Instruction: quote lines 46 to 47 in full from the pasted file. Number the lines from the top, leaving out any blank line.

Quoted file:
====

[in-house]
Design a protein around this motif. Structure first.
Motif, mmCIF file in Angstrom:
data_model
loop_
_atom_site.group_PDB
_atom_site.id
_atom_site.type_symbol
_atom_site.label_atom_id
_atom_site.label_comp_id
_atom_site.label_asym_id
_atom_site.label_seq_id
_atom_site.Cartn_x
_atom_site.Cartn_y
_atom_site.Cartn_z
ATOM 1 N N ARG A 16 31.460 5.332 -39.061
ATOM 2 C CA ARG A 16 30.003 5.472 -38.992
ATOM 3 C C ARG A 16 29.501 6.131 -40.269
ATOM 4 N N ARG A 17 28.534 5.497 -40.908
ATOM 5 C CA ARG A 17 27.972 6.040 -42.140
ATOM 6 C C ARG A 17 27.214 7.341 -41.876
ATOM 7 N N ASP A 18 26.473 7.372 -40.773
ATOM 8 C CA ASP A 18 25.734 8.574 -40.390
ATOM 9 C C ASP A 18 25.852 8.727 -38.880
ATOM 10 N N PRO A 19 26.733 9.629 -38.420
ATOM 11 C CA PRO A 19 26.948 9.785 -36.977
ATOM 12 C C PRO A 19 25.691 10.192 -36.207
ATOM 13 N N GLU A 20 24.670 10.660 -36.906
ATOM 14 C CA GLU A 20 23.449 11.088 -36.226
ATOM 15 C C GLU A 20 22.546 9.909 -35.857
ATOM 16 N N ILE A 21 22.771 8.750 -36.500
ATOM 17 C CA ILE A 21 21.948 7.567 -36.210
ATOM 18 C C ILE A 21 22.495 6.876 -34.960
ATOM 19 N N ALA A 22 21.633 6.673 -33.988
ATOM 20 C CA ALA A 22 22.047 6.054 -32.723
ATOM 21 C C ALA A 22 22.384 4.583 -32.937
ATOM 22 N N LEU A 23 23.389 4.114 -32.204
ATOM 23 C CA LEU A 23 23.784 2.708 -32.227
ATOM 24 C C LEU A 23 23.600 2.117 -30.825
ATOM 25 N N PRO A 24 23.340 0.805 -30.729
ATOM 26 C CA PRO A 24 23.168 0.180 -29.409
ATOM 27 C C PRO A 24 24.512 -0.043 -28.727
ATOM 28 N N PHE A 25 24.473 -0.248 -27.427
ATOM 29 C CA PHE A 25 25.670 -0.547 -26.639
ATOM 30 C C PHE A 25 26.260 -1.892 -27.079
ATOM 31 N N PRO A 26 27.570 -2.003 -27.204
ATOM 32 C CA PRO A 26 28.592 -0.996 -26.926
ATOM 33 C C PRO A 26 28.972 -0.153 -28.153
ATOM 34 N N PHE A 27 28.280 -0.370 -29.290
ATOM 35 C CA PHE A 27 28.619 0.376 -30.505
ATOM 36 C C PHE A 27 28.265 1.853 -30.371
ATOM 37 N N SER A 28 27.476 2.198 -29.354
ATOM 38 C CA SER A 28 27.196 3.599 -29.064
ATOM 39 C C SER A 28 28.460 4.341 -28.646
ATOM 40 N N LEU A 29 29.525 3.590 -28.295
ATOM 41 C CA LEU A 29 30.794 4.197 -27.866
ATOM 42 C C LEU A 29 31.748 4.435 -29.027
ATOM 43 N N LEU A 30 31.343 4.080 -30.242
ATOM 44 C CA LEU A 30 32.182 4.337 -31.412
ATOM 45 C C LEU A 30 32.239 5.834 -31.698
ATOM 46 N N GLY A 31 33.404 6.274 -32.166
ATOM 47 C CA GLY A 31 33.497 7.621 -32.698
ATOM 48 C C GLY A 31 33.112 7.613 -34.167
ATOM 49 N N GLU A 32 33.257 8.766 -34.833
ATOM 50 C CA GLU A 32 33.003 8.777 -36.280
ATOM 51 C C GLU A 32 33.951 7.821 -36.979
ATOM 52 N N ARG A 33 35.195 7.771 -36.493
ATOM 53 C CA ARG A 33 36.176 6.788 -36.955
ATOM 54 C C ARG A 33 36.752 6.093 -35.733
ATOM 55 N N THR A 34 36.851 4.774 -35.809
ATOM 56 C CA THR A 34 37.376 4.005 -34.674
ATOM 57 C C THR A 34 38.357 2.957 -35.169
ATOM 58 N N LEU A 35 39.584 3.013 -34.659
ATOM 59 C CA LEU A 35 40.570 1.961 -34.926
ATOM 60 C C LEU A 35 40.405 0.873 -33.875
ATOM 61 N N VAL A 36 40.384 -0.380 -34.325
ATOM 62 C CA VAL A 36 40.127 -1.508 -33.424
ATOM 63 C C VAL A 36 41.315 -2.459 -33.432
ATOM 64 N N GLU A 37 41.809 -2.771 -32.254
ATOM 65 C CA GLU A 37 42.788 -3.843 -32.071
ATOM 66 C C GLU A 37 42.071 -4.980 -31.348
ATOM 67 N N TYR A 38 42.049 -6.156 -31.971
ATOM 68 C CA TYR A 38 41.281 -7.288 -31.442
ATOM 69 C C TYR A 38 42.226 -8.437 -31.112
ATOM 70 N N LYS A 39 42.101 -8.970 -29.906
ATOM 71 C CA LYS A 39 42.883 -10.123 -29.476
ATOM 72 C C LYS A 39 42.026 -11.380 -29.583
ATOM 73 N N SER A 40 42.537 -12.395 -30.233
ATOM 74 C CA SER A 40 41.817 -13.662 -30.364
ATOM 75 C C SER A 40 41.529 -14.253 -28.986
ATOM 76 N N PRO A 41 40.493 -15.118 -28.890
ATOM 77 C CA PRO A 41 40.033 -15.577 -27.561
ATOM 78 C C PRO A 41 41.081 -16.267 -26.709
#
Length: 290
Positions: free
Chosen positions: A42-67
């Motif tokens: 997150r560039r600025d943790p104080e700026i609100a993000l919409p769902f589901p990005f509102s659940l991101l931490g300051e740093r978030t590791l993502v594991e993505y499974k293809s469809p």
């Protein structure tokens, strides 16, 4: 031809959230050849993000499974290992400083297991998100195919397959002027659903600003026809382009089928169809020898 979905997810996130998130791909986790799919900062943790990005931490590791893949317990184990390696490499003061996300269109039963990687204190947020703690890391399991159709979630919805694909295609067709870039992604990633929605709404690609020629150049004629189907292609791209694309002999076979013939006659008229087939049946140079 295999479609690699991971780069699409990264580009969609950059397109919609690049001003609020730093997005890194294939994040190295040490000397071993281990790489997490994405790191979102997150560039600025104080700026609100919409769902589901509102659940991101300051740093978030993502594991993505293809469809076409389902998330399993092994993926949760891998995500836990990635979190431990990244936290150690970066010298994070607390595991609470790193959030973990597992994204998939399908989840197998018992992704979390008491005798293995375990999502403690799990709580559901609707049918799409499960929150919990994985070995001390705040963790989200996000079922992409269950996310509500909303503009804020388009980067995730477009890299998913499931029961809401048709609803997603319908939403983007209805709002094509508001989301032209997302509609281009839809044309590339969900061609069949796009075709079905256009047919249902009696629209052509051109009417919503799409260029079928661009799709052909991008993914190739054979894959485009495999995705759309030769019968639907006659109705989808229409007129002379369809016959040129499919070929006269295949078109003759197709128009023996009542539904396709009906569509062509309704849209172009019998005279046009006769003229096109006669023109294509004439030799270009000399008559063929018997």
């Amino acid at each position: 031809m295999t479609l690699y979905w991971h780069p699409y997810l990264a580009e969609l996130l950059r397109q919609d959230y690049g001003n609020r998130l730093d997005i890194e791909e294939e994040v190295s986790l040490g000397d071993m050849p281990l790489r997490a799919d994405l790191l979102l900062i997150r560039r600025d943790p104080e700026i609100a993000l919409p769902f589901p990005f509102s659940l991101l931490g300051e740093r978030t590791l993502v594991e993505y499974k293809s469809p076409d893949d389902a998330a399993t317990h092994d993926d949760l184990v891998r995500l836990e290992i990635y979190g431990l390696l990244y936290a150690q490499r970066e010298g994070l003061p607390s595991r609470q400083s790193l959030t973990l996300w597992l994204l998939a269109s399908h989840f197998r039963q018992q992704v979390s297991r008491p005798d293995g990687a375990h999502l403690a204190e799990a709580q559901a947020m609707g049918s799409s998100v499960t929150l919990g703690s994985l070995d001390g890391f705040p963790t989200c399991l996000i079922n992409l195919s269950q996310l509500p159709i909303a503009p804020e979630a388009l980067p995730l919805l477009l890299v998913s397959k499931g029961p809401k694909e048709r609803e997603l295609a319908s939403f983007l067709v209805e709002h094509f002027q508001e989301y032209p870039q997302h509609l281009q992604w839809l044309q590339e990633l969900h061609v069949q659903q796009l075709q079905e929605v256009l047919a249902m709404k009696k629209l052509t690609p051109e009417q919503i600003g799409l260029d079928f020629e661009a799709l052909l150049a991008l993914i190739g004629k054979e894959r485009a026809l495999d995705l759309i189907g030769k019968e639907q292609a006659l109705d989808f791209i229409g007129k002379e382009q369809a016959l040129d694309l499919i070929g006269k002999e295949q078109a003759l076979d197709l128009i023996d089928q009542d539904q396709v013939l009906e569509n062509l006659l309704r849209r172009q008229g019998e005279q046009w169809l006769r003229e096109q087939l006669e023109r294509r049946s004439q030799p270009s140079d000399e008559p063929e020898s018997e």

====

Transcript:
ATOM 31 N N PRO A 26 27.570 -2.003 -27.204
ATOM 32 C CA PRO A 26 28.592 -0.996 -26.926